In today's society Feminism is something that is shoved down our throats that we are not being treated well. The media has played a very strong part in trying to make it seem as though women are not being treated right, we need to look and act this way, women are victims, etc.


You are only a victim if you decide to be victim. Your life is shaped from the choices you make. As women we can thank the women of the 40's, 50's, 60's, 70's and 80's into helping us get that choice- but saying that we don't have choices today, when we have so much more than most women in other Countries is ridiculous. When you have half the people marching for one thing and half marching for something else as the media outlets were portraying it, besides how it was presented on Facebook a day after Trump won the election, your message gets diluted.


The celebrities who joined the march are hurting it- not helping it. Celebrities are pissed beyond belief that Trump won simply because he can now disrupt the status quo. The status quo that shows just how rich and easy they have it. These celebrities are using the marchers to benefit their own cause, not yours. They live in a bubble and have no idea what life is really like outside of it. Angelina Jolie is highly respected because she is fighting for women rights in a place where women don't have any: Cambodia. Cambodian women have less access to land, education,networks, technology, transport, cash and decision-making than men. Funny how even Angelina Jolie knows just how privileged she is living in United States because she deals with trying to help women in Africa and other foreign countries where women don't have the same rights as we do.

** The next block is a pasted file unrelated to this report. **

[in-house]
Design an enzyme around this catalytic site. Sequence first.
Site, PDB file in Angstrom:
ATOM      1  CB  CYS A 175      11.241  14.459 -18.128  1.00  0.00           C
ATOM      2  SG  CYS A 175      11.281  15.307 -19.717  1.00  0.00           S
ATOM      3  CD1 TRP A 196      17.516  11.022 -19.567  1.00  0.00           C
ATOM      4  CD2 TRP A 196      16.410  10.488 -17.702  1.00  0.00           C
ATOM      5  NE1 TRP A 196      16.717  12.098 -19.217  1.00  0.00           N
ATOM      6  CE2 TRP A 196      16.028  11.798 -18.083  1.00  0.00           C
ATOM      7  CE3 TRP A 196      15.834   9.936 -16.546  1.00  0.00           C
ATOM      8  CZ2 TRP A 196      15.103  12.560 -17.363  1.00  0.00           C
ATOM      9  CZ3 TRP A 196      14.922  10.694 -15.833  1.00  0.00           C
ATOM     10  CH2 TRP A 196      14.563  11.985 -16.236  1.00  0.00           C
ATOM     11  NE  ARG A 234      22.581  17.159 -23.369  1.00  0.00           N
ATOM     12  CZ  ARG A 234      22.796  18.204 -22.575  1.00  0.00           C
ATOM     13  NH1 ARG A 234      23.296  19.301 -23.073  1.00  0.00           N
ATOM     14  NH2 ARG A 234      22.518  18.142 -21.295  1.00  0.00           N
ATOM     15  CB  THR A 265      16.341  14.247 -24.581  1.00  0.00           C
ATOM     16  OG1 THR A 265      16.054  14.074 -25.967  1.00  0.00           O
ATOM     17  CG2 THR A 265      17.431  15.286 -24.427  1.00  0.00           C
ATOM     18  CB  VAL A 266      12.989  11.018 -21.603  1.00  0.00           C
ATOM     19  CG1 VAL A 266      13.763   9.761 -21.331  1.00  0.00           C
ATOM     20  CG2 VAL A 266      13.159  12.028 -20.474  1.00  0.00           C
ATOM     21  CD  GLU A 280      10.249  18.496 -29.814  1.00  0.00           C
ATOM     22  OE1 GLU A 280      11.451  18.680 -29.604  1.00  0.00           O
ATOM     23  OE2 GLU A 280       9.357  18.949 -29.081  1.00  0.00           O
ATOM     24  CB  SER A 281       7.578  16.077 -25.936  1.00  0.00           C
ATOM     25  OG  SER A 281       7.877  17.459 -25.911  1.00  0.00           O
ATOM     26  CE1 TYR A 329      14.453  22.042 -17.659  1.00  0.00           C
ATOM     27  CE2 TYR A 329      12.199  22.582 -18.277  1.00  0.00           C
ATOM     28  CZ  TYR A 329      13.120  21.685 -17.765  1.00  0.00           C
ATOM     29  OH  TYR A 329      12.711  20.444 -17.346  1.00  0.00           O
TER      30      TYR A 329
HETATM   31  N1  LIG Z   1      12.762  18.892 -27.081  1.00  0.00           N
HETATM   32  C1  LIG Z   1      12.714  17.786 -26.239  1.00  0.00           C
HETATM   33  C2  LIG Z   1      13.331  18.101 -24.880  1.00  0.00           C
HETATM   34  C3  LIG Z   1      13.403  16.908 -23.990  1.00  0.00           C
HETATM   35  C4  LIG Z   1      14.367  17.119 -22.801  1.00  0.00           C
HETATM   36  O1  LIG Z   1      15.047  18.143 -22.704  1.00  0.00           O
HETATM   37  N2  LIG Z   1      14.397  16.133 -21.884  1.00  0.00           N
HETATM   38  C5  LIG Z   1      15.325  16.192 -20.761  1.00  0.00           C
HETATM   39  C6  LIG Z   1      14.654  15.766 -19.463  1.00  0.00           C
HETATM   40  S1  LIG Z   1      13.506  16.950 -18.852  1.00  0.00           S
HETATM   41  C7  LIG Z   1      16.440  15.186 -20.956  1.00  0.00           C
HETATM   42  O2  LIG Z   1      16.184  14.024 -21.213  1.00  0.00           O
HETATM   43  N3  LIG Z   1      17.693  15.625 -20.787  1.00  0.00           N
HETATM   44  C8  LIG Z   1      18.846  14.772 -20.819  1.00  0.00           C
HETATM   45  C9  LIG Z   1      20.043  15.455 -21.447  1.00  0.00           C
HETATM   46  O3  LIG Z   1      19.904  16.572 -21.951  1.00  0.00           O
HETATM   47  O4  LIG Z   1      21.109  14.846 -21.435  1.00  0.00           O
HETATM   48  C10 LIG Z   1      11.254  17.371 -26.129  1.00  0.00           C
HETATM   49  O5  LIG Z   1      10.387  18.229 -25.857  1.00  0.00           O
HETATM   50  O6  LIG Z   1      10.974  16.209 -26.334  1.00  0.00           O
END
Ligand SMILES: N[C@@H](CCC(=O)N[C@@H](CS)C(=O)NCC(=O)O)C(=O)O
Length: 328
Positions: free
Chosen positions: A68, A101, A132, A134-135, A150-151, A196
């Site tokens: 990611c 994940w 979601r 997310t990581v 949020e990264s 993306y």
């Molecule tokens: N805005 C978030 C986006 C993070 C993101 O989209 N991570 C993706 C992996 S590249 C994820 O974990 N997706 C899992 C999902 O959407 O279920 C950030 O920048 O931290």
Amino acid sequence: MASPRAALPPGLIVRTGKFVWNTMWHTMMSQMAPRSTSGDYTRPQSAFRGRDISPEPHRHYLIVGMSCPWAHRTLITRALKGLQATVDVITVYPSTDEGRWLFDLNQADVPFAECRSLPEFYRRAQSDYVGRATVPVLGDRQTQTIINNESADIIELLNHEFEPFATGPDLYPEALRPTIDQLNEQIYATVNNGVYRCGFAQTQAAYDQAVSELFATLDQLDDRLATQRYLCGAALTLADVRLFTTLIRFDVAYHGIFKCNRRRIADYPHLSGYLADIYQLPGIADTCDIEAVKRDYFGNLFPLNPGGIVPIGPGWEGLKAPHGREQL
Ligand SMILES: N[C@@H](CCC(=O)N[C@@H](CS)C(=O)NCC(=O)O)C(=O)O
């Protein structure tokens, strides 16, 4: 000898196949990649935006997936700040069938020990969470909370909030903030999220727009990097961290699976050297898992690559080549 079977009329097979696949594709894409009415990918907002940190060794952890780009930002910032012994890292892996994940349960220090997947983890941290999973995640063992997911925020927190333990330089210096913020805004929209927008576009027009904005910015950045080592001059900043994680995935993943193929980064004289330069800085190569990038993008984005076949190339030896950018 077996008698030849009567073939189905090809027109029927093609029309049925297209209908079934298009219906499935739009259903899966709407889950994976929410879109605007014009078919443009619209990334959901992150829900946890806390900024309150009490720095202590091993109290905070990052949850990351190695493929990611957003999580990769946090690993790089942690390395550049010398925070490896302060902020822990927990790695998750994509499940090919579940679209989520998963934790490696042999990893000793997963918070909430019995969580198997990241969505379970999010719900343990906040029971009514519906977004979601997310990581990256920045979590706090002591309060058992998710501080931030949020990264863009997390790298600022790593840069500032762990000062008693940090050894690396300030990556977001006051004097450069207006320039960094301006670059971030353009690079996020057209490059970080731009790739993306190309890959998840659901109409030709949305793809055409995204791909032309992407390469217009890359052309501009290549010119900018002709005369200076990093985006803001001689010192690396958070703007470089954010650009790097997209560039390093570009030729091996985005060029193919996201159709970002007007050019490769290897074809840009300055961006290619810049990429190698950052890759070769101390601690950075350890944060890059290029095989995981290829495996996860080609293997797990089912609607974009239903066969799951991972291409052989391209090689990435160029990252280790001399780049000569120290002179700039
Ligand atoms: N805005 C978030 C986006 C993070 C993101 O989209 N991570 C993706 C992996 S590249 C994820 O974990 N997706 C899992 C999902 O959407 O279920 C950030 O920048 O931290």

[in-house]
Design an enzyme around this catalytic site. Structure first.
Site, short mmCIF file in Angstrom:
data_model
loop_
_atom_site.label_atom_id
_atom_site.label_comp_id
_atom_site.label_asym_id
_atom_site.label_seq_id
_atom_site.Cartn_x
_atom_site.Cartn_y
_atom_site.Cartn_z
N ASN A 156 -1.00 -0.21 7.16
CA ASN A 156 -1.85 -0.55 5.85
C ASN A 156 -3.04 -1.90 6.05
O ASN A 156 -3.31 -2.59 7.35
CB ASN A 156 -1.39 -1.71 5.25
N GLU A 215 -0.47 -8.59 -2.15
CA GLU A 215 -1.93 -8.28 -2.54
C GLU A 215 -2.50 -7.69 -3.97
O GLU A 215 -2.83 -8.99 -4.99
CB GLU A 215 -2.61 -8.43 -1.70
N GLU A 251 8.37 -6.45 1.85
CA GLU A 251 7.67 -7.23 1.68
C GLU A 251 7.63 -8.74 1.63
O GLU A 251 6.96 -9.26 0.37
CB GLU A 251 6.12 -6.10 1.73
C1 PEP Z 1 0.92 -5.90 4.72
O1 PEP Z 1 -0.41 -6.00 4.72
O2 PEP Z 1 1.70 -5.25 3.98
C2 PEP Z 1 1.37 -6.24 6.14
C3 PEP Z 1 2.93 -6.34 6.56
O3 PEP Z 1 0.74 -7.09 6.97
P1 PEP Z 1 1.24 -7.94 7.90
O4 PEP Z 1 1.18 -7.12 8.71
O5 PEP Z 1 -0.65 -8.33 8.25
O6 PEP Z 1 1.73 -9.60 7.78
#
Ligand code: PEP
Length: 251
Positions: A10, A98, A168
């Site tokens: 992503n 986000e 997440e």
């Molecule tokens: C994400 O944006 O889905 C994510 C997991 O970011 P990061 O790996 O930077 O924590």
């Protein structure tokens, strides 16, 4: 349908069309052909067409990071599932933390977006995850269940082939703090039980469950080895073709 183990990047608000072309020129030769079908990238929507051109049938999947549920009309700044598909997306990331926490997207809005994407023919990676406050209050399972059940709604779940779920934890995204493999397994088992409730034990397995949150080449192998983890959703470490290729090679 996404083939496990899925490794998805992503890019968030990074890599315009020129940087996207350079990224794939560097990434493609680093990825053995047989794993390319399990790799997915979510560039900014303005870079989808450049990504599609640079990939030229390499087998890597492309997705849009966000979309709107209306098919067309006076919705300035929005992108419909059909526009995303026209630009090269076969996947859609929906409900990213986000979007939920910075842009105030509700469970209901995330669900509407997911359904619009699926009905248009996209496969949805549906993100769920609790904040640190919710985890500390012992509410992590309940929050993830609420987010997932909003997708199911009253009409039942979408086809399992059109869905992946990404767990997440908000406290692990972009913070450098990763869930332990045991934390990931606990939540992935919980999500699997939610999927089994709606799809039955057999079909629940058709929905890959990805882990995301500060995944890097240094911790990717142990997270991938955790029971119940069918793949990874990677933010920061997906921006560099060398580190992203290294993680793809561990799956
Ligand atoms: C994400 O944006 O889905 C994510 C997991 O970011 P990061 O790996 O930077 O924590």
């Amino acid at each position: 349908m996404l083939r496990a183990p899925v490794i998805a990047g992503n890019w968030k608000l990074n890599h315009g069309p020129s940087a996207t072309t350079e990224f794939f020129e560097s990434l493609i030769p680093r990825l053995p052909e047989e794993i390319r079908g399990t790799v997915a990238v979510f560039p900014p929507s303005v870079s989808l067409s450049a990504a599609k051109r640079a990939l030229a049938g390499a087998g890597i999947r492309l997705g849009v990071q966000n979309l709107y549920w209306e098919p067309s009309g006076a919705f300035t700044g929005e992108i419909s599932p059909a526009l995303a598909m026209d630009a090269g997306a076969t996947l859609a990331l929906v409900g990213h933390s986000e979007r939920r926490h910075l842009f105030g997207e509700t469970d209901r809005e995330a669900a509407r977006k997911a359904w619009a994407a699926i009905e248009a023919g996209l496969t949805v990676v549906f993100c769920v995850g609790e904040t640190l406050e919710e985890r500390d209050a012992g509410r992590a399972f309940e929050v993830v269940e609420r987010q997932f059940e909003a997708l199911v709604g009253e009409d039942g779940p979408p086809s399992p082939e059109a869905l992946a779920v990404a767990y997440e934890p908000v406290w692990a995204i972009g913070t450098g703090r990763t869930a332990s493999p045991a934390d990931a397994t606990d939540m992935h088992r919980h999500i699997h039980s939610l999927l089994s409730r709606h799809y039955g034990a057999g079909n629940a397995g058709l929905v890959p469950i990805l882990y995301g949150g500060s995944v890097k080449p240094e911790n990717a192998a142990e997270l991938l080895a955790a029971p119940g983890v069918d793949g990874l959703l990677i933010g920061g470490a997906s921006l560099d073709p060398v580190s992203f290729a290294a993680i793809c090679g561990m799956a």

Today feminist is just a word. It's a word that conjures up hate resentment, and setbacks. Feminism does not make all our lives better as some will argue. You can demand the world take you seriously today without it.


My self-worth is not tied to what society says I should wear, how I should speak, who I can date, and what I do for a living. I'm a strong, independent adult, capable of taking care of myself. As a woman living in 2017, I am not oppressed, neither is any other woman today! What right has Trump taken from women?  The answer: none.


We live in a world that demands quick and easy results. But we must learn the beauty of effort, patience, and perseverance. Each new President we have in our government, starts a new chapter in our history. Some of them we voted for and some we did not vote for. That is what our democracy is all about. Sometimes life can be hectic, confusing, painful, and unpredictable. We know life is complicated and we all have baggage. But it's the actions we take that determine where we end up. If you want to make things better for other people, there are so many proactive ways to do so. Volunteer your time at a local charity, donate money to a cause you are passionate about, or take time to just pay it forward when you get the chance. The choices you have are endless. It all just falls to you.



"Real courage is moving forward when the outcome is uncertain." -Michael Angier